It must have at least two decades since British environmentalist Norman Myers articulated this memorable advice:
“If we live as if it matters and it doesn’t matter, it doesn’t matter.
If we live as if it doesn’t matter and it matters, then it matters…”
Myers was referring to climate change. He was making the rather obvious point that the potential consequences of inaction over reducing greenhouse gas emissions are much more severe than the consequences of action.
Greg Craven: bringing sanity to the debate about our global climate destabilisation experiment
So this is not a new idea in the climate change debate.It was part of the original tool-kit of arguments used from the late 1980s to argue for action to reduce emissions.
It has always seemed to me the most powerful argument available to those of us who believe in the need for a precautionary approach to emission levels. It’s the argument hardest to refute. It makes much of what does pass for ‘argument’ over climate change policy besides the point. Who cares whether polar bears float on ice-drift? Who knows if the latest wildfires are ’caused’ by climate change? So what if it’s icy-cold in London this Christmas?
Unfortunately, I think the risk management proposition is one of the most under-used arguments in the environmentalists’ armory. There have even been occasions when it has been used – only to attract carping from environmentalists themselves!
I’ll use an example from Australia. In February this year, the once (and future?) Australian Opposition leader Malcolm Turnbull voted against his own party in Parliament in support of an emissions trading scheme. He said:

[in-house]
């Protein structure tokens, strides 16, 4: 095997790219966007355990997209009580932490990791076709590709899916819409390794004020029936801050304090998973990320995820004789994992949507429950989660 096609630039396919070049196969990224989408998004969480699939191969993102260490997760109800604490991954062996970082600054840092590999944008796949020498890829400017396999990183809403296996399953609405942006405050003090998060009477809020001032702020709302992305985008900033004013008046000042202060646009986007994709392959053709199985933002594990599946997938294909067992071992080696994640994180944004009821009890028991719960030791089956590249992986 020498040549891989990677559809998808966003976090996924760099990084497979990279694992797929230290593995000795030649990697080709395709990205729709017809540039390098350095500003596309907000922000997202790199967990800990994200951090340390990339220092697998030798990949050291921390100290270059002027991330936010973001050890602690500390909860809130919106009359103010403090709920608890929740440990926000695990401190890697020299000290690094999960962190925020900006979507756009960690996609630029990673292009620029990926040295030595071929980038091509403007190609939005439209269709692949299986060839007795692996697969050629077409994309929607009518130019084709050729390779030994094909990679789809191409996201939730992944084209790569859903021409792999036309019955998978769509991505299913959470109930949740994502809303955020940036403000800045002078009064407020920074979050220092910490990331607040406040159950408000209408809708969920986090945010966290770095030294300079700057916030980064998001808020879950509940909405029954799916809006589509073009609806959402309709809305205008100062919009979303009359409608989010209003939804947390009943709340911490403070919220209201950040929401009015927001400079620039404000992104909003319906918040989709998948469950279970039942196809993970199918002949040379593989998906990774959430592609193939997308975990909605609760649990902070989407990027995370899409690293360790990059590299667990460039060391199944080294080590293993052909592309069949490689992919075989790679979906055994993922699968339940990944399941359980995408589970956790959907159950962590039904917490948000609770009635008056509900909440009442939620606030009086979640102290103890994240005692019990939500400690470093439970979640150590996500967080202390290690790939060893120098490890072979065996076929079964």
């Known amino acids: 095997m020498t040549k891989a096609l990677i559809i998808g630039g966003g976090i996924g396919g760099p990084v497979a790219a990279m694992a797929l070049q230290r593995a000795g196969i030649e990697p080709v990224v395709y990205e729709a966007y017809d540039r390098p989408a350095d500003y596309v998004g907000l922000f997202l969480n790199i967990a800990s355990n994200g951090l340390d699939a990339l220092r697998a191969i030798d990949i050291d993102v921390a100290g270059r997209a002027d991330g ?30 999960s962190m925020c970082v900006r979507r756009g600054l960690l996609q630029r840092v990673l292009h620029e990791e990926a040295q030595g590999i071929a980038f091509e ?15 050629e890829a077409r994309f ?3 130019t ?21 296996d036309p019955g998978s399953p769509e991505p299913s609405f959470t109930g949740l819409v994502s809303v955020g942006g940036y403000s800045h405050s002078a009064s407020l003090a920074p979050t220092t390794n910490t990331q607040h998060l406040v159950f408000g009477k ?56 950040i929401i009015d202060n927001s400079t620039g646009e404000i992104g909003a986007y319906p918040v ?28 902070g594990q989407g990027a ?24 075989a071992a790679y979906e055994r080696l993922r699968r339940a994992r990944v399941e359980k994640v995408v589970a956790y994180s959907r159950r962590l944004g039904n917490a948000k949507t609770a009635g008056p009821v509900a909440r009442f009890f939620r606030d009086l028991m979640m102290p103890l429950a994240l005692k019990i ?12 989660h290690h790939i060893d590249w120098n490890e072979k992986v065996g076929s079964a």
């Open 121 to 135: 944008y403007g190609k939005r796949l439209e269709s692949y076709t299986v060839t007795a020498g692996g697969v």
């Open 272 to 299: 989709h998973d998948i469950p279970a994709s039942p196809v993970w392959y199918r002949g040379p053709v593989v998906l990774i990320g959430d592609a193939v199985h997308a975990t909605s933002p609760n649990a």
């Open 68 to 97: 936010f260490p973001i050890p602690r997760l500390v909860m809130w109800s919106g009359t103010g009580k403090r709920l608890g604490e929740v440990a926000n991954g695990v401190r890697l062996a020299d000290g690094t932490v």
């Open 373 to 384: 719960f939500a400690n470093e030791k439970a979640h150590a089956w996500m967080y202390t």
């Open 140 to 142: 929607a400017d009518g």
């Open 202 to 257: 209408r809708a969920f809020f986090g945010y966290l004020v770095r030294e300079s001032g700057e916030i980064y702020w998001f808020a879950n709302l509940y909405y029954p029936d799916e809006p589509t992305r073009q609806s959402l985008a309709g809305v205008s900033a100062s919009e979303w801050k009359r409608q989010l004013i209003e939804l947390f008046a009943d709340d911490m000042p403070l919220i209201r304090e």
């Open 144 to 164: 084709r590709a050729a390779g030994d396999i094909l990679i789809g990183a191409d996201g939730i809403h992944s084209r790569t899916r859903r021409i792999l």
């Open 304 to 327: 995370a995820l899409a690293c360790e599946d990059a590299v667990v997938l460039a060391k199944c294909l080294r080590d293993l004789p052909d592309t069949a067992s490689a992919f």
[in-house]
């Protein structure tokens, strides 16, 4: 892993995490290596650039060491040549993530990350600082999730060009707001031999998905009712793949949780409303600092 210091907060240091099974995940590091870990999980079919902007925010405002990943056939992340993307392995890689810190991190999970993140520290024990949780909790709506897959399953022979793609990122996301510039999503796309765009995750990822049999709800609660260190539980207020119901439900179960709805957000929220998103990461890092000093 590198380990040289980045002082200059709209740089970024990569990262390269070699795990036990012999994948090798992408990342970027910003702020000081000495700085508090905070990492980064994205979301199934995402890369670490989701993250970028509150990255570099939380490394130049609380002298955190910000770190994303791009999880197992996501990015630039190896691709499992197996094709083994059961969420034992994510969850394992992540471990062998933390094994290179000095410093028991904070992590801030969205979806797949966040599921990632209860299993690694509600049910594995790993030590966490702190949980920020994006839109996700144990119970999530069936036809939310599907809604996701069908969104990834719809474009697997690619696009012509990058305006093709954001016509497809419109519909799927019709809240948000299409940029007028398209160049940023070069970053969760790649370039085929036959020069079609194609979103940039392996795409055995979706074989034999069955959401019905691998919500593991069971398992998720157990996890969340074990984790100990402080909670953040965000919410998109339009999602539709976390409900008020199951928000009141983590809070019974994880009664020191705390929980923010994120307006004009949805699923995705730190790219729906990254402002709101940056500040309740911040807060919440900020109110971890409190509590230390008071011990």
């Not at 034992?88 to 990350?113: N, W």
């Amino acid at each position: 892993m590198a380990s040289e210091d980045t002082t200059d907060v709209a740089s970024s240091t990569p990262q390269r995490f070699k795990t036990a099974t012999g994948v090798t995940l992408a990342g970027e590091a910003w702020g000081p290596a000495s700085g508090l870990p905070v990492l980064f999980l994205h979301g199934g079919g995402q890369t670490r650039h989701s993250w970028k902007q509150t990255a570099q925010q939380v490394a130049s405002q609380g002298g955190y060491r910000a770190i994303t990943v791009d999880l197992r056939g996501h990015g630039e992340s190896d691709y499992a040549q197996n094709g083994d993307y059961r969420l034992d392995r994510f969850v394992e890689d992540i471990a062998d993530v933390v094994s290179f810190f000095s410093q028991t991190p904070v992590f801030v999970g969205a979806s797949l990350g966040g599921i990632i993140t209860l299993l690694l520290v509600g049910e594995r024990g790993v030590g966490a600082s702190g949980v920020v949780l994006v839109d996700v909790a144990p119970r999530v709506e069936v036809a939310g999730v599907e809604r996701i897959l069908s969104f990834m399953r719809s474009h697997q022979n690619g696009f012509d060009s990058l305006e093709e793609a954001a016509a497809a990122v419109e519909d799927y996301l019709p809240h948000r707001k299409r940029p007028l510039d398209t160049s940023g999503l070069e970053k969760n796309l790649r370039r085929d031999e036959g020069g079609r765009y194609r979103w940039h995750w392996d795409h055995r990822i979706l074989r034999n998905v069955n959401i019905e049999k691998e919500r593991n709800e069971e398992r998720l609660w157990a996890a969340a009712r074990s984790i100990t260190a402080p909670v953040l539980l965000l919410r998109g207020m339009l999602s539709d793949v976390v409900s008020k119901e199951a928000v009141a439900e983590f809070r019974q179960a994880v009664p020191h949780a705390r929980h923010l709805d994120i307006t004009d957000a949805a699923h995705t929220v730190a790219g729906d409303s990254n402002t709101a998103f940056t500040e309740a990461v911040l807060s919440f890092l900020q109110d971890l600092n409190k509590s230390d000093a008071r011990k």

“Climate change policy has to recognise these real risks, these real threats to the safety of our planet. It is an exercise in risk management and no reasonable person could regard the risk as being so low that no action was warranted.”
I recall that Turnbull copped a smattering of criticism at the time even from the pro-conservation side of the debate, some of whom took offense because they considered he was in some way giving comfort to ‘climate change deniers’ by using the term ‘risk’. They wanted to hear him speak with ‘certainty’. I think they’re wrong. Dead wrong. Turnbull was right in this case (the ETS he supported at the time was lousy policy – but that’s another topic).
Risk analysis IS the key to winning the climate change debate; scolding opponents for holding the ‘wrong’ opinions is a counter-productive waste of time.
I’ve written material myself along those lines before, such as the optimistically-titled Not Far from Climate Change Consensus for Action blogged here a couple of years ago. A serious review of the general literature, I’m sure, would reveal the risk management argument has been used capably many times.
In any event, I recently came across a resource on the web that has clearly been very popular – although I managed to miss it for more than three years.
It’s The Most Terrifying Video You’ll Ever See by Oregonian, teacher and activist Greg Craven. He makes the case for precautionary action to reduce emissions better than I’ve ever seen it done before. This guy has a first-class intellect and he’s a superb communicator! Funny too!
Apparently some 7.5 million people have seen The Most Terrifying Video You’ll Ever See by now. Mr Craven used it to generate intense debate about the issues he discussed on his website – GregCraven.org – and he’s used that feedback as the basis for a book entitled What’s the Worst That Could Happen? A Rational Response.
Watch Greg Craven’s more recent video (2009) in which he introduces this inexpensive, action-packed dead-trees treat…
Why not buy a copy or ten and hand them around? You can order the book with a DVD here.
It’s time to build consensus around sanity. Each of us who understands this can help by spreading the word.